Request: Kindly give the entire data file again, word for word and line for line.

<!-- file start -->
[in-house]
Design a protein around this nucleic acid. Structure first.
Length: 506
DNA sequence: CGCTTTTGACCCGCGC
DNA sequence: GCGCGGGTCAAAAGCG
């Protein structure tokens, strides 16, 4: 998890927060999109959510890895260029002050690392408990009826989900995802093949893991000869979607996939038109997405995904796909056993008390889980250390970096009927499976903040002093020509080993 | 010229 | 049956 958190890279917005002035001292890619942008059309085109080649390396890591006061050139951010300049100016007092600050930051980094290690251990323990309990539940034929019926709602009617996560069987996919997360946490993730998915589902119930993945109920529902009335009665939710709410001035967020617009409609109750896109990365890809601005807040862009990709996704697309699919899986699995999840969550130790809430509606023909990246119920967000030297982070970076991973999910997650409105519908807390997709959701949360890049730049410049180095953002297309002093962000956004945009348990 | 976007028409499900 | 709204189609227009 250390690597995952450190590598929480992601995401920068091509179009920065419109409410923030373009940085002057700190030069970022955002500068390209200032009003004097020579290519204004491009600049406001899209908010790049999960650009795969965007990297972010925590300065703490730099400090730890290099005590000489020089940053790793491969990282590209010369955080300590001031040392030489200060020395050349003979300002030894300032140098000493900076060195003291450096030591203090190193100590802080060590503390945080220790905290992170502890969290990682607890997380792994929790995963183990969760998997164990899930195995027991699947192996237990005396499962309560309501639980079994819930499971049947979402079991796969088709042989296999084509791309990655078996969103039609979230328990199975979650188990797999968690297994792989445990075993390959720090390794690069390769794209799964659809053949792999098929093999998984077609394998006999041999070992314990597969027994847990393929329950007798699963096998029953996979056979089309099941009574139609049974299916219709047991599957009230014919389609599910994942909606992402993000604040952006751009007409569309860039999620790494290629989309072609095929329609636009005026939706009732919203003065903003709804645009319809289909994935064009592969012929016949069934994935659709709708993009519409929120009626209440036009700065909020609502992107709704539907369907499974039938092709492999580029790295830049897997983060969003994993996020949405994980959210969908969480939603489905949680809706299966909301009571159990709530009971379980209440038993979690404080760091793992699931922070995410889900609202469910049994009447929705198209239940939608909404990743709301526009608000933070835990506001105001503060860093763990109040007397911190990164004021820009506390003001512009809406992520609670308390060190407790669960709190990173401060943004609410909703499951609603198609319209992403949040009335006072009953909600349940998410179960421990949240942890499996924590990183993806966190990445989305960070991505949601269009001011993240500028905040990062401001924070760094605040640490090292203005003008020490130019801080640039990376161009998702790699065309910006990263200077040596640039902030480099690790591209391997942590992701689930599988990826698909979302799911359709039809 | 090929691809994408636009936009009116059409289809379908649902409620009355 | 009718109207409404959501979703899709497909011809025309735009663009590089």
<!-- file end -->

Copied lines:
[in-house]
Design a protein around this nucleic acid. Structure first.
Length: 506
DNA sequence: CGCTTTTGACCCGCGC
DNA sequence: GCGCGGGTCAAAAGCG
């Protein structure tokens, strides 16, 4: 998890927060999109959510890895260029002050690392408990009826989900995802093949893991000869979607996939038109997405995904796909056993008390889980250390970096009927499976903040002093020509080993 | 010229 | 049956 958190890279917005002035001292890619942008059309085109080649390396890591006061050139951010300049100016007092600050930051980094290690251990323990309990539940034929019926709602009617996560069987996919997360946490993730998915589902119930993945109920529902009335009665939710709410001035967020617009409609109750896109990365890809601005807040862009990709996704697309699919899986699995999840969550130790809430509606023909990246119920967000030297982070970076991973999910997650409105519908807390997709959701949360890049730049410049180095953002297309002093962000956004945009348990 | 976007028409499900 | 709204189609227009 250390690597995952450190590598929480992601995401920068091509179009920065419109409410923030373009940085002057700190030069970022955002500068390209200032009003004097020579290519204004491009600049406001899209908010790049999960650009795969965007990297972010925590300065703490730099400090730890290099005590000489020089940053790793491969990282590209010369955080300590001031040392030489200060020395050349003979300002030894300032140098000493900076060195003291450096030591203090190193100590802080060590503390945080220790905290992170502890969290990682607890997380792994929790995963183990969760998997164990899930195995027991699947192996237990005396499962309560309501639980079994819930499971049947979402079991796969088709042989296999084509791309990655078996969103039609979230328990199975979650188990797999968690297994792989445990075993390959720090390794690069390769794209799964659809053949792999098929093999998984077609394998006999041999070992314990597969027994847990393929329950007798699963096998029953996979056979089309099941009574139609049974299916219709047991599957009230014919389609599910994942909606992402993000604040952006751009007409569309860039999620790494290629989309072609095929329609636009005026939706009732919203003065903003709804645009319809289909994935064009592969012929016949069934994935659709709708993009519409929120009626209440036009700065909020609502992107709704539907369907499974039938092709492999580029790295830049897997983060969003994993996020949405994980959210969908969480939603489905949680809706299966909301009571159990709530009971379980209440038993979690404080760091793992699931922070995410889900609202469910049994009447929705198209239940939608909404990743709301526009608000933070835990506001105001503060860093763990109040007397911190990164004021820009506390003001512009809406992520609670308390060190407790669960709190990173401060943004609410909703499951609603198609319209992403949040009335006072009953909600349940998410179960421990949240942890499996924590990183993806966190990445989305960070991505949601269009001011993240500028905040990062401001924070760094605040640490090292203005003008020490130019801080640039990376161009998702790699065309910006990263200077040596640039902030480099690790591209391997942590992701689930599988990826698909979302799911359709039809 | 090929691809994408636009936009009116059409289809379908649902409620009355 | 009718109207409404959501979703899709497909011809025309735009663009590089």